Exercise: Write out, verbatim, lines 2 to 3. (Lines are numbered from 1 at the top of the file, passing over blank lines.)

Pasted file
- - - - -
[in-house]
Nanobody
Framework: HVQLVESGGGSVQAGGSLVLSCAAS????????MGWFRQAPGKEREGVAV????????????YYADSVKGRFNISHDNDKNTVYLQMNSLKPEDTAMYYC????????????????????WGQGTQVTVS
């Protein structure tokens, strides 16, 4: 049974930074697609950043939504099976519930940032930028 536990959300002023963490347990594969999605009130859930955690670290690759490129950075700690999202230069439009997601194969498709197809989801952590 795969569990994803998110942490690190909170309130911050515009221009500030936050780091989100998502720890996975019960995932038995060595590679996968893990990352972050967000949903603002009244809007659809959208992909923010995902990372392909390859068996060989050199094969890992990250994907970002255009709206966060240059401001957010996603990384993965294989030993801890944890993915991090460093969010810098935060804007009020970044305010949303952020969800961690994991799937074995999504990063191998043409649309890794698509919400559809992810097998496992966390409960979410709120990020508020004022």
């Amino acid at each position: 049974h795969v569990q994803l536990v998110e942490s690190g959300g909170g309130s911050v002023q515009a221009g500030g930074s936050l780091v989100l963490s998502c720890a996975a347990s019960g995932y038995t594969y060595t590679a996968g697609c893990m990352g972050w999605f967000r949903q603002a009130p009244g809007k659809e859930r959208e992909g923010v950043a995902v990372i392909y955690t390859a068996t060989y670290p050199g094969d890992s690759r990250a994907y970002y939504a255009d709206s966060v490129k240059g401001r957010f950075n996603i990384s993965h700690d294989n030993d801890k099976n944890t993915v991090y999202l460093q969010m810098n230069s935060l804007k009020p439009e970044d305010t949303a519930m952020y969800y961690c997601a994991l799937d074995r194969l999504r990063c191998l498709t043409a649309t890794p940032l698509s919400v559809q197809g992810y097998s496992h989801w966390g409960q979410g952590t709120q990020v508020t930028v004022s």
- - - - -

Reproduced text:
Nanobody
Framework: HVQLVESGGGSVQAGGSLVLSCAAS????????MGWFRQAPGKEREGVAV????????????YYADSVKGRFNISHDNDKNTVYLQMNSLKPEDTAMYYC????????????????????WGQGTQVTVS